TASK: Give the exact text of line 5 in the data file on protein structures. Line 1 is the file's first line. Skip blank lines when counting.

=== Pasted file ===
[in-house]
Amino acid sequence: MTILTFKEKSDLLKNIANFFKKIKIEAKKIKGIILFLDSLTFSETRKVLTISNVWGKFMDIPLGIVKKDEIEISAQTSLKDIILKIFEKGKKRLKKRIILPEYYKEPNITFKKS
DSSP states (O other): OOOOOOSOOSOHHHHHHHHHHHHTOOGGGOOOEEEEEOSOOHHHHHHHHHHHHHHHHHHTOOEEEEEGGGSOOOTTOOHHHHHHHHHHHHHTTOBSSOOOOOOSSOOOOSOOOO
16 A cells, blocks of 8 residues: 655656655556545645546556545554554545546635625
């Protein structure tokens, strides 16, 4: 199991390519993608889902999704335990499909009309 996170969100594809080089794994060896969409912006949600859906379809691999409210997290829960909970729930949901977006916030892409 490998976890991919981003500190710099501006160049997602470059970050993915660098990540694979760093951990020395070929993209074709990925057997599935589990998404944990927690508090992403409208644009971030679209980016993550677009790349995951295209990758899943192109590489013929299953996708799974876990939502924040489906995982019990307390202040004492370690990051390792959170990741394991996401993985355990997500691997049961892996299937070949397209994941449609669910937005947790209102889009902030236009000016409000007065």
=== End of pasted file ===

């Protein structure tokens, strides 16, 4: 199991390519993608889902999704335990499909009309 996170969100594809080089794994060896969409912006949600859906379809691999409210997290829960909970729930949901977006916030892409 490998976890991919981003500190710099501006160049997602470059970050993915660098990540694979760093951990020395070929993209074709990925057997599935589990998404944990927690508090992403409208644009971030679209980016993550677009790349995951295209990758899943192109590489013929299953996708799974876990939502924040489906995982019990307390202040004492370690990051390792959170990741394991996401993985355990997500691997049961892996299937070949397209994941449609669910937005947790209102889009902030236009000016409000007065």